Productivity expert David Allen would have all of us install a “what’s the next action?” button on every meeting table. And it would probably help – too many meeting topics are raised, discussed, and then left hanging.
Don’t let this happen to you. Everyone in the meeting should be writing a concrete to do list, aka a “next action list.” They should be accountable to complete that list. At the next meeting (or even better – on their status/project hub!), they should report that they got those items done. If something didn’t get done, there needs to be a reason why. Don’t worry – “I simply couldn’t get to it” is a reason why. At least the first time.
9. Have an agenda.
This is one of the oldest productivity tips for meetings. And yet many of us still seem to benefit from the reminder.
Even a one-point agenda is fine. But, um… if there’s no driving purpose to the meeting… may I suggest skipping it?
10. Skip meetings for a week or a month.
This is a somewhat radical idea. It might even be dangerous. But if you feel lucky, consider going on a meeting fast. See what happens after a week, two weeks, even a month.
Some things will drop through the cracks, guaranteed. So have systems in place to put out the fires. But by the time your meeting fast ends, you’ll have a vivid picture of what meetings you really do need to have and what you need to cover in them. Let go of all the rest.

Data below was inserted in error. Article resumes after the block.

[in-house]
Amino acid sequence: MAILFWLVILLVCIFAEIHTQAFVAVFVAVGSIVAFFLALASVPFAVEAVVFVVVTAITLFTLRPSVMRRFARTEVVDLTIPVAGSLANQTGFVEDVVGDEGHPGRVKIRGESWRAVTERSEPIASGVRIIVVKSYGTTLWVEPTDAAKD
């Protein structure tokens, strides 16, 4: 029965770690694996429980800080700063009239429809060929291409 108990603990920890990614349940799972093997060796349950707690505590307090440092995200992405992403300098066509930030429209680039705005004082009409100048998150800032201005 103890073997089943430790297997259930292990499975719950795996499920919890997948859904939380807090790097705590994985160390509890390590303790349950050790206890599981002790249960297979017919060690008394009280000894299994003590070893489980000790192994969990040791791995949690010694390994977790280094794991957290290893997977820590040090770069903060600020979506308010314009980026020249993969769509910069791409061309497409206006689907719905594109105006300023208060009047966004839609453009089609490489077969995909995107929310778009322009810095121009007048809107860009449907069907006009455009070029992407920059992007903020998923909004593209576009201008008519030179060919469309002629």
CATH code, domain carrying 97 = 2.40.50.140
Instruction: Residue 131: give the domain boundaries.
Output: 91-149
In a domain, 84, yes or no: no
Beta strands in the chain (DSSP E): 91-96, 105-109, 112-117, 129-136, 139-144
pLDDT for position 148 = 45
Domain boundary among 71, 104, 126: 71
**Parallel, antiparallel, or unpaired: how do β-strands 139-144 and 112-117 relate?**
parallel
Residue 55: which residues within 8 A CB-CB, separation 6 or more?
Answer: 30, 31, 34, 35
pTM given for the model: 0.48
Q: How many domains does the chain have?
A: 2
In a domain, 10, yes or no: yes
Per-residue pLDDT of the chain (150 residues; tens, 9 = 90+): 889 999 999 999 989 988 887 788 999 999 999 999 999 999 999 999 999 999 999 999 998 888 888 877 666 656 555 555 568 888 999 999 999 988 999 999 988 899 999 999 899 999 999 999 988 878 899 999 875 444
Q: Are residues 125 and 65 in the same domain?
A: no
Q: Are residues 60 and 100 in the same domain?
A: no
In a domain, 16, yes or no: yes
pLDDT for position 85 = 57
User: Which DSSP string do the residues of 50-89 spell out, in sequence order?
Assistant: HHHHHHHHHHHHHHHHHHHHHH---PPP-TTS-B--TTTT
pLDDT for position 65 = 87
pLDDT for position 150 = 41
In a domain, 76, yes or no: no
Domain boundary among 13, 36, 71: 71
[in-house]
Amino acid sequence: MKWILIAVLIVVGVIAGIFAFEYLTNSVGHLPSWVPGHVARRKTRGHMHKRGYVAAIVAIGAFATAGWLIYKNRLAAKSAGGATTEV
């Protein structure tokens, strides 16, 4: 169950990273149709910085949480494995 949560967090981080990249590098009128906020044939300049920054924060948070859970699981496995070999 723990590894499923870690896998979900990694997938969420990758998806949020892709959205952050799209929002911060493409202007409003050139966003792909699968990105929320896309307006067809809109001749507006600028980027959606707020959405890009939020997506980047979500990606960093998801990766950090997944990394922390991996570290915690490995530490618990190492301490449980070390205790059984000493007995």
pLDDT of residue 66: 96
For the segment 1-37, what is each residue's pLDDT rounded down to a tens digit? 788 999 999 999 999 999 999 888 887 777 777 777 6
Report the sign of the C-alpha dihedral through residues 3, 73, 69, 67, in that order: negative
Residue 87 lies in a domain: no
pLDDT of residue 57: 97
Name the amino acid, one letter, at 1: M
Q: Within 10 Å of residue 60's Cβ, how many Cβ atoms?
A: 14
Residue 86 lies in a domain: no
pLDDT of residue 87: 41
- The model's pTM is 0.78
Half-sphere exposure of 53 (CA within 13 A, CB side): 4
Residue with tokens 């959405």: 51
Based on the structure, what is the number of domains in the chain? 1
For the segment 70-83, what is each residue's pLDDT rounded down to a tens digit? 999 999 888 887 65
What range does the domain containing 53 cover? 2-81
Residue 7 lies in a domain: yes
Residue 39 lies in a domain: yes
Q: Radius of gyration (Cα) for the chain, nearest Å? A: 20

Bonus: Take your meetings online.
Virtual meetings don’t have to be just for distant contacts.
Meetings serve an essential function in business, but they need to be contained. Otherwise they’ll compromise the primary reason we’re at work – to get stuff done. Here’s the summary of how to achieve that:
- Know what your meetings cost – in money and opportunity costs
- Schedule all meetings either in the mornings or afternoons to free up large blocks of time
- Use a status hub or other work collaboration software to keep everyone apprised of what you’re doing
- Try standing meetings, aka “standups”
- Have more mini-meetings and offline conversations
- Kick people out if they don’t have to be there
- Use a timer
- Keep asking “what’s the next action?” Then commit to doing it.
- Have an agenda
- Consider cutting all meetings for a week, just to see what happens
Back to you
Got any tips, tricks or gimmicks that have worked to trim your meetings down? Please – share them in the comments. Everybody wants to spend less time in meetings.
Now that you have some tips and tricks for making your meetings more effective, learn how Act-On can help increase the efficiency of your entire marketing team’s efforts. Take a video tour of Act-On to explore how Act-On empowers marketers to do the best work of their careers.